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MotoGP

Marini fastest in pivotal MotoGP test for Honda and Yamaha

by Valentin Khorounzhiy
3 min read

until Abu Dhabi Autonomous Racing League

VR46 Ducati rider Luca Marini set the pace in MotoGP’s post-race Misano test, a high-stakes outing for the series’ Japanese manufacturers Honda and Yamaha.

Both Honda and Yamaha have disgruntled star riders on their hands in Marc Marquez and Fabio Quartararo respectively, and both provided 2024 prototypes for them to try at Misano.

In Honda’s case, however, it was not a prototype 2024 engine but just the chassis – already raced by tester Stefan Bradl as a wildcard on the weekend – and it did not leave a particularly strong impression on Marquez.

Luca Marini VR46 Ducati MotoGP Misano test

After Marini had topped the morning 4h45m session, Pramac Ducati rider Jorge Martin – who won both the Misano sprint and the San Marino Grand Prix itself – headed the four-hour afternoon running with an hour left on the clock.

Martin was reported by MotoGP.com to have run a prototype Ducati Desmosedici, with both of its works riders unavailable. Enea Bastianini is amid what is set to be another long injury layoff following his crash in Barcelona, while points leader Pecco Bagnaia’s Barcelona accident did allow him to race at Misano – but he was then understandably stood down for the test.

The same was true for Marini’s team-mate Marco Bezzecchi, who had been nursing hand pain sustained in that same pile-up Bastianini had caused in Barcelona. And another Ducati satellite rider, Gresini’s Fabio Di Giannantonio, was absent too due to shoulder pain.

Martin was overhauled by three riders in the final hour of the afternoon, as Marini took first ahead of Aprilia’s Maverick Vinales and KTM’s Brad Binder.

Brad Binder KTM MotoGP Misano test

Both Binder and his KTM team-mate Jack Miller – who found a laptime over half a second better than anything he’d done during the weekend – were understood to have sampled the carbon chassis that wildcard/test rider Dani Pedrosa raced so effectively on Saturday and Sunday.

Quartararo was sixth for Yamaha, just 0.002s behind Miller. But he’s also admitted to having been left unimpressed.

There were scares for each of the Espargaro brothers, as both Pol and Aleix had to jump off their respective bikes at speed at some point during the test.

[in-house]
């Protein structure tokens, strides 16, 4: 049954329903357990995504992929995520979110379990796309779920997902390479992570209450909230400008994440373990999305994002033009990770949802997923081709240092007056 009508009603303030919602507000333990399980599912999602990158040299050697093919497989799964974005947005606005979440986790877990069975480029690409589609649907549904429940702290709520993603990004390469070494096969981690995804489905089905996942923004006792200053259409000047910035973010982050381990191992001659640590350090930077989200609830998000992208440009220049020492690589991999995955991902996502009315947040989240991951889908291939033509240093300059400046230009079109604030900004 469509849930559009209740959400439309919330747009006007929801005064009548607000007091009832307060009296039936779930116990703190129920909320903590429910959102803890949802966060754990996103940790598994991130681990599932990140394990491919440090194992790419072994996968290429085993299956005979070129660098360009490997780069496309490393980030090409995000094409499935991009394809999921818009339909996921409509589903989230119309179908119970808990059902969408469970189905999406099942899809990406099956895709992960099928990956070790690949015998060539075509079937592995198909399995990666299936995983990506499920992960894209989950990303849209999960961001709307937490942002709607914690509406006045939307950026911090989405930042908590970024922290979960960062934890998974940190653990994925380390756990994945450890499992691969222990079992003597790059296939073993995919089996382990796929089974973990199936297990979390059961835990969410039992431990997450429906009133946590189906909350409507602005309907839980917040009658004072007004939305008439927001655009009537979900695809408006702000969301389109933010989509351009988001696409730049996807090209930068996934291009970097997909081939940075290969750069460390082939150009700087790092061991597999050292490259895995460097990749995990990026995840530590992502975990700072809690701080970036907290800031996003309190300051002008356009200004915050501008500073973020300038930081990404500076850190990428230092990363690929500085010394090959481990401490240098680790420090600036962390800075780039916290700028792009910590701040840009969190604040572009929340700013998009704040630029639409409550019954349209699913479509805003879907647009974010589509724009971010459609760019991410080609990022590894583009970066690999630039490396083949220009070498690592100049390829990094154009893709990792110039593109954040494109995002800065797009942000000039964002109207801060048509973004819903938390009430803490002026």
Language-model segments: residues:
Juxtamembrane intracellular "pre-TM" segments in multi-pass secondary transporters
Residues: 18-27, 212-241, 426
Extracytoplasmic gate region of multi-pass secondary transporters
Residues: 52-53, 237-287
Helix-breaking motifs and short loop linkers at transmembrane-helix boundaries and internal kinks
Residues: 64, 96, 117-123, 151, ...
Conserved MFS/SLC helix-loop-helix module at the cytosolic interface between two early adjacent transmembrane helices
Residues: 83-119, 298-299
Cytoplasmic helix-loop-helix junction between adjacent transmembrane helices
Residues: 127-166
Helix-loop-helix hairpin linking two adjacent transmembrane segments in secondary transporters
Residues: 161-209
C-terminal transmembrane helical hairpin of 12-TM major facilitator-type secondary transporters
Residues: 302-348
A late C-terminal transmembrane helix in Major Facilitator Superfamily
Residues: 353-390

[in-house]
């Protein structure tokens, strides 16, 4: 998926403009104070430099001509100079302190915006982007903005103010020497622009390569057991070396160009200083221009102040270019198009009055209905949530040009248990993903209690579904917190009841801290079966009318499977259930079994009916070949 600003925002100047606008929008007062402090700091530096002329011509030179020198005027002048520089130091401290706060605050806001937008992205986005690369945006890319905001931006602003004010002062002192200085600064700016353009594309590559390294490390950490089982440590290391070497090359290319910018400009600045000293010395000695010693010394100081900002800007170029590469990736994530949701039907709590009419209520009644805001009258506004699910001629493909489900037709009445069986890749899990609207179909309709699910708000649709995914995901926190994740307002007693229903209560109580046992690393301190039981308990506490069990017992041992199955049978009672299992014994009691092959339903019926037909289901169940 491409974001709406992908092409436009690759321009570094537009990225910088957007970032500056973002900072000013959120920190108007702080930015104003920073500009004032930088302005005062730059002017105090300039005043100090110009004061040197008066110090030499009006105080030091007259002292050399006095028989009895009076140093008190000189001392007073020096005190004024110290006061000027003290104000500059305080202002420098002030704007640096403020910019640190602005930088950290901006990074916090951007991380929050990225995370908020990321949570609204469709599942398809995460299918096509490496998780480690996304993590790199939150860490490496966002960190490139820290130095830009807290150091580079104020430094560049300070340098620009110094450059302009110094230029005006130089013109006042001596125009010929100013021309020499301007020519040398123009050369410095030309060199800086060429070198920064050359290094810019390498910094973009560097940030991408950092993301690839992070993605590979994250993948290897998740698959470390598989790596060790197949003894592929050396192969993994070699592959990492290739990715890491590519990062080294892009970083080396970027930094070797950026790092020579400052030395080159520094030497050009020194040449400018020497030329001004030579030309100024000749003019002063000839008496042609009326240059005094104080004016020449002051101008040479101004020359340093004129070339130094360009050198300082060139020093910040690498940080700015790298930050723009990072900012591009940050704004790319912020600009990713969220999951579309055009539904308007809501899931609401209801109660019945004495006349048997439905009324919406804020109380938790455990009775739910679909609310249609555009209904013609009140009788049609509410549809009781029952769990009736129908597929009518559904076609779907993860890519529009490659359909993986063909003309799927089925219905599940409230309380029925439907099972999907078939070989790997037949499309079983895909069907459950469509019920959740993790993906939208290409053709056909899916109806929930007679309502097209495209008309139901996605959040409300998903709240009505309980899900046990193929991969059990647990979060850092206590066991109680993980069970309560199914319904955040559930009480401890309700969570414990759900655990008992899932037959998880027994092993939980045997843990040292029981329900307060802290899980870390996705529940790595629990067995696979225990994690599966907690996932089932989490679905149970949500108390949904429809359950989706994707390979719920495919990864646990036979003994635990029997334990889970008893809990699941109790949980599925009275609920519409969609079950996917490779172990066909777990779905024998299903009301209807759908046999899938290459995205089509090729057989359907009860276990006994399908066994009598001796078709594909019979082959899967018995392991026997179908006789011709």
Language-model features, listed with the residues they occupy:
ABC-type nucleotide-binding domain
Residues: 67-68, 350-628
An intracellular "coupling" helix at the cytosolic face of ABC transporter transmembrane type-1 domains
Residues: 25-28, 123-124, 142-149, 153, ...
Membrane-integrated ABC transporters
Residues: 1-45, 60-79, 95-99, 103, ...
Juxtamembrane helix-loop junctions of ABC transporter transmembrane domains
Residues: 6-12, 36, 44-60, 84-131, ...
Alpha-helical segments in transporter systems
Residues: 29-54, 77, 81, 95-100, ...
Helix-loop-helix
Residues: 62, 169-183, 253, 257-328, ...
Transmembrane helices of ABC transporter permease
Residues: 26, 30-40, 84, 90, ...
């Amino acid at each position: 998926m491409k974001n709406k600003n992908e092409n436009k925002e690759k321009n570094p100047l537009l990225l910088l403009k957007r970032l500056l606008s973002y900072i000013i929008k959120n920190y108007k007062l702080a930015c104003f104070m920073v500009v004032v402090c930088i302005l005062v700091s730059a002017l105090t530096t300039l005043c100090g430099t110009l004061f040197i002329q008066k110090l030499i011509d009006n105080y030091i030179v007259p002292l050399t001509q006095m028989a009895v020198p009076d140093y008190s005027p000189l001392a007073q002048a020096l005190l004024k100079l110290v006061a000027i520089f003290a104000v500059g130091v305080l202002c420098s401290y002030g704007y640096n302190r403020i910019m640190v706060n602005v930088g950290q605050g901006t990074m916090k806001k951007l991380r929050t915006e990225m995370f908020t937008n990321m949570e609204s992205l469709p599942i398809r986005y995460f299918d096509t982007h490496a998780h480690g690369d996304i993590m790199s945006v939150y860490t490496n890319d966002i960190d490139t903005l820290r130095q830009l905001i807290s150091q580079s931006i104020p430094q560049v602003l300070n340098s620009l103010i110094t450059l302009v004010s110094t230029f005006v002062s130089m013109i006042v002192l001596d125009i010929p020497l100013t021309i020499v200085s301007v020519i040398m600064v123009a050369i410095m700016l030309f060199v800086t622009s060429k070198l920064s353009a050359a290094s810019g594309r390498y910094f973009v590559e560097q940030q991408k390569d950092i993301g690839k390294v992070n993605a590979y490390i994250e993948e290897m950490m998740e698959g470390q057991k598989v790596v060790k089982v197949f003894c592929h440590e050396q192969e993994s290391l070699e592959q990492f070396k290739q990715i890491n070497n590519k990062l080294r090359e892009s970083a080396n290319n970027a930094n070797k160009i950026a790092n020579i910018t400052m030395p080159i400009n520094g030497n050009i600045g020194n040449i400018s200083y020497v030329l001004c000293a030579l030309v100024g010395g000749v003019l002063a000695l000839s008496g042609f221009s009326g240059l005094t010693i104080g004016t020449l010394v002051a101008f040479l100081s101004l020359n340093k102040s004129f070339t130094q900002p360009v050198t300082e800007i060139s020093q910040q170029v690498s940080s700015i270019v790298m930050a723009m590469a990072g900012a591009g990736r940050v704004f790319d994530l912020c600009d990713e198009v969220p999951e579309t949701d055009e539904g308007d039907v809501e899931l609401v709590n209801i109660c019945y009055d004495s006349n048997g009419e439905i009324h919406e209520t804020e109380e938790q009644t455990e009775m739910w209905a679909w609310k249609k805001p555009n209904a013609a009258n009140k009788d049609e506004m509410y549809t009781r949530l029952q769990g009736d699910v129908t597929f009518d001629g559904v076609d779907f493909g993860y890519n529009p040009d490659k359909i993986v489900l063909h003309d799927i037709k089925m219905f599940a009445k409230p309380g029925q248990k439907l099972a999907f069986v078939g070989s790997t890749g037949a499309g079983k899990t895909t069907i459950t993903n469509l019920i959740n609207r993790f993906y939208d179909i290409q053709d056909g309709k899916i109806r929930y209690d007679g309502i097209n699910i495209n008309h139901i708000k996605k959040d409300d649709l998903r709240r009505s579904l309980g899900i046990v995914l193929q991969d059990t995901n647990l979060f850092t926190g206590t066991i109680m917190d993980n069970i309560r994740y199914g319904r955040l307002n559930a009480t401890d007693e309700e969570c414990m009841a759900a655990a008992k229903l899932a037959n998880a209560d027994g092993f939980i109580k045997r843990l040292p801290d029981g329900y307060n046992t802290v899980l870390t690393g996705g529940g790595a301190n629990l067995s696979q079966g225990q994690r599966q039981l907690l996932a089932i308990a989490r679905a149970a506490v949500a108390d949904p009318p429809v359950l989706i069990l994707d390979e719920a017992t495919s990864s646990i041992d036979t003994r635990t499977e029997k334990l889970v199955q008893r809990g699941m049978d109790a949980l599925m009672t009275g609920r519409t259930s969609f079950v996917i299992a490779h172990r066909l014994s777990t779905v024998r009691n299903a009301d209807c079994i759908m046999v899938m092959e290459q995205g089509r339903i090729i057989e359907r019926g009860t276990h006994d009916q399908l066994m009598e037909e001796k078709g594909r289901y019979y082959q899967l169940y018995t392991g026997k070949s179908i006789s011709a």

It was around the same part of the track, too, with Aprilia rider Aleix losing the rear and having to disembark en route to the wall, while for Pol on the Tech3 Gas Gas-badged KTM RC16 it came because his brake pads had opened due to a big shake in the previous corner.

Aprilia had a new chassis to try, though it was not the carbon chassis tester Lorenzo Savadori was known to be putting through its paces privately.

“It’s another one, a little bit lighter and a little bit softer on the feeling. It’s not better, it’s not worse, it’s just different,” explained Espargaro.

“More flexible, more soft, which is not really what the engineers were trying to do. It’s a little bit better on the bumps – corner 1, 14, 15, 16 I felt a bit better. But then it’s a little bit more unstable.”


Combined test classification

1. Luca Marini, VR46 Ducati, 1m30.602s
2. Maverick Vinales, Aprilia, +0.234s
3. Brad Binder, KTM, +0.552s
4. Jorge Martin, Pramac Ducati, +0.566s
5. Jack Miller, KTM, +0.573s
6. Fabio Quartararo, Yamaha, +0.575s
7. Miguel Oliveira, RNF Aprilia, +0.630s
8. Franco Morbidelli, Yamaha, +0.699s
9. Alex Marquez, Gresini Ducati, +0.735s
10. Raul Fernandez, RNF Aprilia, +0.760s
11. Aleix Espargaro, Aprilia, +0.779s
12. Takaaki Nakagami, LCR Honda, +0.832s
13. Johann Zarco, Pramac Ducati, +0.890s
14. Marc Marquez, Honda, +0.973s
15. Augusto Fernandez, Tech3 Gas Gas, +1.084s
16. Joan Mir, Honda, +1.085s
17. Pol Espargaro, Tech3 Gas Gas, +1.242s
18. Stefan Bradl, Honda, +1.544s

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